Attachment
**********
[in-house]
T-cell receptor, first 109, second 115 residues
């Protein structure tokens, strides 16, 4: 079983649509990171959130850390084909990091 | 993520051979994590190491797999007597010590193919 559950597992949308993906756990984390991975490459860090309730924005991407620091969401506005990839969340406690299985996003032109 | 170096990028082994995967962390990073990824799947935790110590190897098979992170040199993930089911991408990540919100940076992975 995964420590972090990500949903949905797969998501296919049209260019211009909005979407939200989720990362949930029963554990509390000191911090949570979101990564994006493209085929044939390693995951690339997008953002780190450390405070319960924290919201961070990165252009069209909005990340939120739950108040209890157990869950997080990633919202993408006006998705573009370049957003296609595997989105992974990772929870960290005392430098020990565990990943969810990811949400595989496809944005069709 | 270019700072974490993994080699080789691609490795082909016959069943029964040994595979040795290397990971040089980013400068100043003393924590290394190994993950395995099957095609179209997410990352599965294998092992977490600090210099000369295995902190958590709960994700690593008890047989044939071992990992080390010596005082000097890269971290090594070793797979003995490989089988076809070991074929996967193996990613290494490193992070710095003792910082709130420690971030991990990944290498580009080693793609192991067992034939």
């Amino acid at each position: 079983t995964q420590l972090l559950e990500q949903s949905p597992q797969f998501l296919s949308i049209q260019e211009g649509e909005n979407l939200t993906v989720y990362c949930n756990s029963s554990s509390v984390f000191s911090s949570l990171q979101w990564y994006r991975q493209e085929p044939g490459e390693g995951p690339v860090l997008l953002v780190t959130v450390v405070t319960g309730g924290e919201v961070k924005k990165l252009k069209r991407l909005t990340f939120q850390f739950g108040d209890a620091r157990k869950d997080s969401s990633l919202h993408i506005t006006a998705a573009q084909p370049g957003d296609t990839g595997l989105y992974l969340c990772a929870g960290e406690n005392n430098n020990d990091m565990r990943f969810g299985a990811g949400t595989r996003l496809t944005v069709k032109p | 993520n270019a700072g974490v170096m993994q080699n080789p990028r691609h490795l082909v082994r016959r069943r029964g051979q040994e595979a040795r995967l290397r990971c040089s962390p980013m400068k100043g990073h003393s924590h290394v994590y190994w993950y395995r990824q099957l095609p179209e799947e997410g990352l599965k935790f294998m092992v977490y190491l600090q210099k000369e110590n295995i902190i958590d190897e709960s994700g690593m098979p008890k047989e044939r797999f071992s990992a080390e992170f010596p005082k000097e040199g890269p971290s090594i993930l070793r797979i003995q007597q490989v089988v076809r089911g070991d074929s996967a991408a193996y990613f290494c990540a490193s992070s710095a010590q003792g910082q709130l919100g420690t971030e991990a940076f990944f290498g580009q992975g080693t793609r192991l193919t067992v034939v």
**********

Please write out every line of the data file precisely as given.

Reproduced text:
[in-house]
T-cell receptor, first 109, second 115 residues
């Protein structure tokens, strides 16, 4: 079983649509990171959130850390084909990091 | 993520051979994590190491797999007597010590193919 559950597992949308993906756990984390991975490459860090309730924005991407620091969401506005990839969340406690299985996003032109 | 170096990028082994995967962390990073990824799947935790110590190897098979992170040199993930089911991408990540919100940076992975 995964420590972090990500949903949905797969998501296919049209260019211009909005979407939200989720990362949930029963554990509390000191911090949570979101990564994006493209085929044939390693995951690339997008953002780190450390405070319960924290919201961070990165252009069209909005990340939120739950108040209890157990869950997080990633919202993408006006998705573009370049957003296609595997989105992974990772929870960290005392430098020990565990990943969810990811949400595989496809944005069709 | 270019700072974490993994080699080789691609490795082909016959069943029964040994595979040795290397990971040089980013400068100043003393924590290394190994993950395995099957095609179209997410990352599965294998092992977490600090210099000369295995902190958590709960994700690593008890047989044939071992990992080390010596005082000097890269971290090594070793797979003995490989089988076809070991074929996967193996990613290494490193992070710095003792910082709130420690971030991990990944290498580009080693793609192991067992034939």
């Amino acid at each position: 079983t995964q420590l972090l559950e990500q949903s949905p597992q797969f998501l296919s949308i049209q260019e211009g649509e909005n979407l939200t993906v989720y990362c949930n756990s029963s554990s509390v984390f000191s911090s949570l990171q979101w990564y994006r991975q493209e085929p044939g490459e390693g995951p690339v860090l997008l953002v780190t959130v450390v405070t319960g309730g924290e919201v961070k924005k990165l252009k069209r991407l909005t990340f939120q850390f739950g108040d209890a620091r157990k869950d997080s969401s990633l919202h993408i506005t006006a998705a573009q084909p370049g957003d296609t990839g595997l989105y992974l969340c990772a929870g960290e406690n005392n430098n020990d990091m565990r990943f969810g299985a990811g949400t595989r996003l496809t944005v069709k032109p | 993520n270019a700072g974490v170096m993994q080699n080789p990028r691609h490795l082909v082994r016959r069943r029964g051979q040994e595979a040795r995967l290397r990971c040089s962390p980013m400068k100043g990073h003393s924590h290394v994590y190994w993950y395995r990824q099957l095609p179209e799947e997410g990352l599965k935790f294998m092992v977490y190491l600090q210099k000369e110590n295995i902190i958590d190897e709960s994700g690593m098979p008890k047989e044939r797999f071992s990992a080390e992170f010596p005082k000097e040199g890269p971290s090594i993930l070793r797979i003995q007597q490989v089988v076809r089911g070991d074929s996967a991408a193996y990613f290494c990540a490193s992070s710095a010590q003792g910082q709130l919100g420690t971030e991990a940076f990944f290498g580009q992975g080693t793609r192991l193919t067992v034939v």